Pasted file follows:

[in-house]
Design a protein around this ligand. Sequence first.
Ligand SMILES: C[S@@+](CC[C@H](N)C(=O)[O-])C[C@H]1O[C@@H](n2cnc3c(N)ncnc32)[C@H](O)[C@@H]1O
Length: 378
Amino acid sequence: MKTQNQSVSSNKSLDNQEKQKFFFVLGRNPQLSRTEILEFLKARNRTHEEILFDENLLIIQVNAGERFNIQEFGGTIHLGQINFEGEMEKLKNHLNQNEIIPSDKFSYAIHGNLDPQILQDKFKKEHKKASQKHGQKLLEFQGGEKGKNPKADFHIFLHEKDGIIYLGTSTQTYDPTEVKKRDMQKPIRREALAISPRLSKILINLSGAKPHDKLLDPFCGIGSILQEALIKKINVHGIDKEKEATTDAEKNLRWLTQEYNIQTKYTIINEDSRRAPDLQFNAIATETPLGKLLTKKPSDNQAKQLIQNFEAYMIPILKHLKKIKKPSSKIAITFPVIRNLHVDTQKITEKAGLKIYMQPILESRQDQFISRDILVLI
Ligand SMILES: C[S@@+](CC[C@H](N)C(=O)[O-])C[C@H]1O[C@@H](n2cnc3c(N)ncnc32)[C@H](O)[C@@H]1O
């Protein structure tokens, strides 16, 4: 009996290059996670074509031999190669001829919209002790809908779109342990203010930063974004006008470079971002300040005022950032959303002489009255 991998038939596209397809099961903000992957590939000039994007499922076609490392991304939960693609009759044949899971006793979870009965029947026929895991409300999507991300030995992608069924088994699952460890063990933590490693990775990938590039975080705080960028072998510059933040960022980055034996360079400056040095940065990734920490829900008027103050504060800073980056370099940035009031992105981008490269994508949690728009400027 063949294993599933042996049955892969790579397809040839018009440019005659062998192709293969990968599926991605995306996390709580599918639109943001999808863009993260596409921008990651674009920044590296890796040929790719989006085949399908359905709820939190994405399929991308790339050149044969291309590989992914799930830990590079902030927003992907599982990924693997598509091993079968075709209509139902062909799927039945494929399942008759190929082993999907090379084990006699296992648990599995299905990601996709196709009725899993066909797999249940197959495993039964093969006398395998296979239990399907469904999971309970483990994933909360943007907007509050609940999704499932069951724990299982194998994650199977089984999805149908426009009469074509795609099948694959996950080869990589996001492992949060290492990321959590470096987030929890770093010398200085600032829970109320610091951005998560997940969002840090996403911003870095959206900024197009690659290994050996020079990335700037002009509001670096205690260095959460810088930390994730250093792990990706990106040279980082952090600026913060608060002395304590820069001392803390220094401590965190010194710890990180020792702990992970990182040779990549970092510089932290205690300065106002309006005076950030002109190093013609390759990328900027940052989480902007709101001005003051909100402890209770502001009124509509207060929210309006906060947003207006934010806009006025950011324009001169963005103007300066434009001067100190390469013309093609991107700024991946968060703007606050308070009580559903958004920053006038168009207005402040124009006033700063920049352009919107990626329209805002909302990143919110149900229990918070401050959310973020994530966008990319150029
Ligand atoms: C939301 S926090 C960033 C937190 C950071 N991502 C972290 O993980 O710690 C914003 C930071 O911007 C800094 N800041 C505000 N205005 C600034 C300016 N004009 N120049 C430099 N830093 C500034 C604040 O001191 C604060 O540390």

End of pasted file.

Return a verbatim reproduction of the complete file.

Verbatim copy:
[in-house]
Design a protein around this ligand. Sequence first.
Ligand SMILES: C[S@@+](CC[C@H](N)C(=O)[O-])C[C@H]1O[C@@H](n2cnc3c(N)ncnc32)[C@H](O)[C@@H]1O
Length: 378
Amino acid sequence: MKTQNQSVSSNKSLDNQEKQKFFFVLGRNPQLSRTEILEFLKARNRTHEEILFDENLLIIQVNAGERFNIQEFGGTIHLGQINFEGEMEKLKNHLNQNEIIPSDKFSYAIHGNLDPQILQDKFKKEHKKASQKHGQKLLEFQGGEKGKNPKADFHIFLHEKDGIIYLGTSTQTYDPTEVKKRDMQKPIRREALAISPRLSKILINLSGAKPHDKLLDPFCGIGSILQEALIKKINVHGIDKEKEATTDAEKNLRWLTQEYNIQTKYTIINEDSRRAPDLQFNAIATETPLGKLLTKKPSDNQAKQLIQNFEAYMIPILKHLKKIKKPSSKIAITFPVIRNLHVDTQKITEKAGLKIYMQPILESRQDQFISRDILVLI
Ligand SMILES: C[S@@+](CC[C@H](N)C(=O)[O-])C[C@H]1O[C@@H](n2cnc3c(N)ncnc32)[C@H](O)[C@@H]1O
């Protein structure tokens, strides 16, 4: 009996290059996670074509031999190669001829919209002790809908779109342990203010930063974004006008470079971002300040005022950032959303002489009255 991998038939596209397809099961903000992957590939000039994007499922076609490392991304939960693609009759044949899971006793979870009965029947026929895991409300999507991300030995992608069924088994699952460890063990933590490693990775990938590039975080705080960028072998510059933040960022980055034996360079400056040095940065990734920490829900008027103050504060800073980056370099940035009031992105981008490269994508949690728009400027 063949294993599933042996049955892969790579397809040839018009440019005659062998192709293969990968599926991605995306996390709580599918639109943001999808863009993260596409921008990651674009920044590296890796040929790719989006085949399908359905709820939190994405399929991308790339050149044969291309590989992914799930830990590079902030927003992907599982990924693997598509091993079968075709209509139902062909799927039945494929399942008759190929082993999907090379084990006699296992648990599995299905990601996709196709009725899993066909797999249940197959495993039964093969006398395998296979239990399907469904999971309970483990994933909360943007907007509050609940999704499932069951724990299982194998994650199977089984999805149908426009009469074509795609099948694959996950080869990589996001492992949060290492990321959590470096987030929890770093010398200085600032829970109320610091951005998560997940969002840090996403911003870095959206900024197009690659290994050996020079990335700037002009509001670096205690260095959460810088930390994730250093792990990706990106040279980082952090600026913060608060002395304590820069001392803390220094401590965190010194710890990180020792702990992970990182040779990549970092510089932290205690300065106002309006005076950030002109190093013609390759990328900027940052989480902007709101001005003051909100402890209770502001009124509509207060929210309006906060947003207006934010806009006025950011324009001169963005103007300066434009001067100190390469013309093609991107700024991946968060703007606050308070009580559903958004920053006038168009207005402040124009006033700063920049352009919107990626329209805002909302990143919110149900229990918070401050959310973020994530966008990319150029
Ligand atoms: C939301 S926090 C960033 C937190 C950071 N991502 C972290 O993980 O710690 C914003 C930071 O911007 C800094 N800041 C505000 N205005 C600034 C300016 N004009 N120049 C430099 N830093 C500034 C604040 O001191 C604060 O540390």